Canada’s employment numbers look much better today than they did a year ago.

The unadjusted rate of unemployment in Canada fell to 6.1% in April, down 1.61% compared to the year before.

The seasonally adjusted rate of unemployment fell to 5.8% in April, flat from the month before and last year. Generally speaking, things are looking pretty good across the country. Except when you dive into numbers for Canada’s largest real estate markets.

Ontario is seeing unemployment rise, especially in Toronto

The rate of unemployment in Ontario is climbing, especially in Toronto.

The unadjusted rate of unemployment reached 6% in April, up 5.26% from last year. On a seasonally adjusted basis unemployment hit 5.8%, unchanged from the month before.

Compared to last year, seasonally adjusted unemployment has increased 3.57%. Overall, the rate of unemployment is low compared to other provinces, but is climbing.

Toronto, the province’s largest city, may be responsible for the bulk of that climb. The unadjusted rate of unemployment hit 6.6% in April, up 11.29% from last year. Seasonally adjusted the rate was still 6.6% in April, unchanged from a month before. Noteworthy is the month before is also the highest seasonally adjusted unemployment number since July 2017. Seasonally adjusted unemployment in Toronto has increased 10% from last year.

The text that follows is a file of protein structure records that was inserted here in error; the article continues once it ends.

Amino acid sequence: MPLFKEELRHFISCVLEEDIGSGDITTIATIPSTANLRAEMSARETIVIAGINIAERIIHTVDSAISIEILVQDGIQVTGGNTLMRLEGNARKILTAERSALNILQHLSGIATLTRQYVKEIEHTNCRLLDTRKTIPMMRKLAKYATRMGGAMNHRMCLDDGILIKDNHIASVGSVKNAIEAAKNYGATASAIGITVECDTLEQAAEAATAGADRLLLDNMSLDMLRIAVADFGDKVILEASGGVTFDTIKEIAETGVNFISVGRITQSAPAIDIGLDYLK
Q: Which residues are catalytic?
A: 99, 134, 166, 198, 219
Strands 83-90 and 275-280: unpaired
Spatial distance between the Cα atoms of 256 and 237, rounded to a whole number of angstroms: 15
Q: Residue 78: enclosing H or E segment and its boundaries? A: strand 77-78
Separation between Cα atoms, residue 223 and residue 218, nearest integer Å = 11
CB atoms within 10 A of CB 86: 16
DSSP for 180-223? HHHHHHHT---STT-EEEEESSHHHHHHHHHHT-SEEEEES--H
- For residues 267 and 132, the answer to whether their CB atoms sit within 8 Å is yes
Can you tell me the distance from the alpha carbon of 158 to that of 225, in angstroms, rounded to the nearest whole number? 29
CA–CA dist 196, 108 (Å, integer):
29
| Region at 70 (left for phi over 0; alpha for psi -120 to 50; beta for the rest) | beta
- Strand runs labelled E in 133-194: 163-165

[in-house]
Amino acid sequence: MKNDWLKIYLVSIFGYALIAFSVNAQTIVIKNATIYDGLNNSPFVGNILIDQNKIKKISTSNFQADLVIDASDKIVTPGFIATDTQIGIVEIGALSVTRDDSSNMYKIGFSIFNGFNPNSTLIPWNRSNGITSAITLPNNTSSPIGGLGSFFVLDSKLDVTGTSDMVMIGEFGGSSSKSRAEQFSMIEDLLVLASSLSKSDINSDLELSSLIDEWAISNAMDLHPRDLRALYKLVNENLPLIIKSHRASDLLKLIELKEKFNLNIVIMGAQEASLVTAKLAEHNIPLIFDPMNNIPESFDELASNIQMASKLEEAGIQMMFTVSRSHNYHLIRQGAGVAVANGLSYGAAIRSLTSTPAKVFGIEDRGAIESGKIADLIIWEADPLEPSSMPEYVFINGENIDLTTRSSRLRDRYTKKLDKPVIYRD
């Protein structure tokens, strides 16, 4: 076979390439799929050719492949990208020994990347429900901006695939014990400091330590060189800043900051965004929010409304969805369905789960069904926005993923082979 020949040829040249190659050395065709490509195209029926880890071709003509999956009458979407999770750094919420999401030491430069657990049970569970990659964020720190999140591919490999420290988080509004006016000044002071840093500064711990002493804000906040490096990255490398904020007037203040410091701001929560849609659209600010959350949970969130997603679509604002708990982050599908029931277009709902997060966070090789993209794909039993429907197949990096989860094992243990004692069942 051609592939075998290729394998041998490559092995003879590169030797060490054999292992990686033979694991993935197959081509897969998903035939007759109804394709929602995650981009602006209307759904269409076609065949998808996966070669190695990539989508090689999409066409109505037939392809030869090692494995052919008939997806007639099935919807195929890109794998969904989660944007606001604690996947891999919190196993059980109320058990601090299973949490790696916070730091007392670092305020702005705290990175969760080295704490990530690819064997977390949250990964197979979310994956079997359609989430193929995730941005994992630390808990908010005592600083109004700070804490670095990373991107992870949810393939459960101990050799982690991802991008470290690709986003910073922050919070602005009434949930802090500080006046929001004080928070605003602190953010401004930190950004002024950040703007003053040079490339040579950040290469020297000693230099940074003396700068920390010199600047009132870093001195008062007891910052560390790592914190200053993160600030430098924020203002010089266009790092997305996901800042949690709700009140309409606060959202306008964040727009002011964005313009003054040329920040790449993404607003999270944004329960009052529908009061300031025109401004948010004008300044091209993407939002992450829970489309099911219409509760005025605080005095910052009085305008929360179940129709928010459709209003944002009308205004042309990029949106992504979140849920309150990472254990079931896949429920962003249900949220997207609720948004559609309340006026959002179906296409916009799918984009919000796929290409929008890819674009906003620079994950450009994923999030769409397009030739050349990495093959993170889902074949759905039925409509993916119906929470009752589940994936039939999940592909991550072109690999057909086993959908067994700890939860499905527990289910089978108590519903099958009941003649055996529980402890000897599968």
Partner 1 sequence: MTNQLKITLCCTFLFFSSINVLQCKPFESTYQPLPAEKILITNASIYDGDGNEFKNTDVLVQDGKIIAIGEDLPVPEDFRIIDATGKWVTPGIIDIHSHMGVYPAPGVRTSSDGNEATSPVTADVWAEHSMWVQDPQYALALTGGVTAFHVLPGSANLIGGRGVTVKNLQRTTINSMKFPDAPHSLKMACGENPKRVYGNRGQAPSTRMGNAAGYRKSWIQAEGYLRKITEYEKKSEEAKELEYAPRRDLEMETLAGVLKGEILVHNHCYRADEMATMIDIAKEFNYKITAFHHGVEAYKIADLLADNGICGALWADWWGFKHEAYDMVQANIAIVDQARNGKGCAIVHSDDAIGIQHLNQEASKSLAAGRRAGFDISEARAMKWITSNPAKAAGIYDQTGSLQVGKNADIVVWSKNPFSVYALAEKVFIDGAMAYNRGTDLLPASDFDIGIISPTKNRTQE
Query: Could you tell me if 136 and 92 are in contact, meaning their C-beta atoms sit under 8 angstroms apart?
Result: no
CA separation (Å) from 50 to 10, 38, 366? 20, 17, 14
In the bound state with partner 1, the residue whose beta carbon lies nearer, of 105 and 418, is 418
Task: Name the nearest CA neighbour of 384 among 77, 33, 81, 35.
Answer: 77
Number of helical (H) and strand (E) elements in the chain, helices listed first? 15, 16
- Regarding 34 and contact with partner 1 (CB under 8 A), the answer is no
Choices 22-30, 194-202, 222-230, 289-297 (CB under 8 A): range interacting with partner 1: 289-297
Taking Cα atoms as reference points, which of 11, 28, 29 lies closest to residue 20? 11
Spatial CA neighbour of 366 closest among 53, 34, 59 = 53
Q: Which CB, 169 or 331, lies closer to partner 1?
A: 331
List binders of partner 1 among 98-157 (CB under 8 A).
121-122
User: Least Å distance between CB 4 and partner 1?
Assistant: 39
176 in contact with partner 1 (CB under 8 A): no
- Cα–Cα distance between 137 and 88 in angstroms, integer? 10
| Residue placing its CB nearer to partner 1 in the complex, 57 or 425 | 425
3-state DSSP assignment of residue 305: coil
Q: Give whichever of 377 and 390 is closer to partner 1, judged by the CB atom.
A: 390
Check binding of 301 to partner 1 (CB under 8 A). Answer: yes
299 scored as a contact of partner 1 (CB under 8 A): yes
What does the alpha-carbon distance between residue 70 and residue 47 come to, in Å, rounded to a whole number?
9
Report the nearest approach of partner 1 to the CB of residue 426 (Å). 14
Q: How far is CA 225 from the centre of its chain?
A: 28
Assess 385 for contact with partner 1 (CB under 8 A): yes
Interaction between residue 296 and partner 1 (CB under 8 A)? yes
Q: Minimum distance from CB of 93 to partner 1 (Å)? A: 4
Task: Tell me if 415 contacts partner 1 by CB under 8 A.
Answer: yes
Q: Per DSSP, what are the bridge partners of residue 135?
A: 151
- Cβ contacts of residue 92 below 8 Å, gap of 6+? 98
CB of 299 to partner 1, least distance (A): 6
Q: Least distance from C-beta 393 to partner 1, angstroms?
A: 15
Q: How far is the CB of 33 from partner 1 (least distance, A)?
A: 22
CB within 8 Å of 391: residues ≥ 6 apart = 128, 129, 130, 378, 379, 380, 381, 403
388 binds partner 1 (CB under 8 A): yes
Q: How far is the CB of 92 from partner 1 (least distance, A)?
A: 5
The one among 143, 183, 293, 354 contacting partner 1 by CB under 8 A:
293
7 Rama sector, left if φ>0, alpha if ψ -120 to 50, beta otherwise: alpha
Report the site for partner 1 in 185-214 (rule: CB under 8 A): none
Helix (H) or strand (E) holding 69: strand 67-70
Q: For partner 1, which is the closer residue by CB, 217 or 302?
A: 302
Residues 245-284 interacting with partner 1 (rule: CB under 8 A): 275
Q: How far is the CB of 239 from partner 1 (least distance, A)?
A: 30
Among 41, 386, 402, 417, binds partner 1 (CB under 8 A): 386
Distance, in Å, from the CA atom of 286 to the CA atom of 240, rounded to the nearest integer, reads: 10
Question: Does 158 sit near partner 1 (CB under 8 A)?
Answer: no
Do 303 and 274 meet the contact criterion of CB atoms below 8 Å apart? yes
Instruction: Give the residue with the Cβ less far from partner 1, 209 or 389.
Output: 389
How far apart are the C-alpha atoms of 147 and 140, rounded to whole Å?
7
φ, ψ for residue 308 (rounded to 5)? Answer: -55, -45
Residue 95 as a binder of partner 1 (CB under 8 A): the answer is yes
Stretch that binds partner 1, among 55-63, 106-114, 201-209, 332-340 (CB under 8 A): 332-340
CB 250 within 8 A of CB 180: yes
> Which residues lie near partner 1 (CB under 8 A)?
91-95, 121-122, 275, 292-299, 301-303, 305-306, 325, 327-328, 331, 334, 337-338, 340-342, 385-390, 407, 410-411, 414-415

British Columbia unemployment drops, while Vancouver picks up

Unemployment in British Columbia in on the decline across the province. The unadjusted rate of unemployment reached 4.6% in April, down 6.12% from last year. Seasonally unadjusted unemployment was also 4.6%, unchanged from the month before. When compared to last year, adjusted unemployment is down 4.16%. Yay, unemployment is falling – just not in Vancouver.

Vancouver’s rate of unemployment is climbing by all measures. The unadjusted rate of unemployment reached 4.5% in April, up 4.65% from last year. The seasonally adjusted rate of unemployment reached 4.4%, down 8.33% from the month before. Compared to last year, seasonally adjusted unemployment is up 4.76%. This is a low rate compared to other cities, but starting a trend that city politicians should be breaking a sweat over.

On the other end of the spectrum, Quebec is seeing unemployment drop as the economy warms up. The unadjusted rate of unemployment fell to 5.8% in April, down 4.91% from last year. The seasonally adjusted rate fell to 5.1%, down 3.77% from the month before. That represents a 7.27% decline compared to last year.

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2019-09-10T22:18:35+00:00

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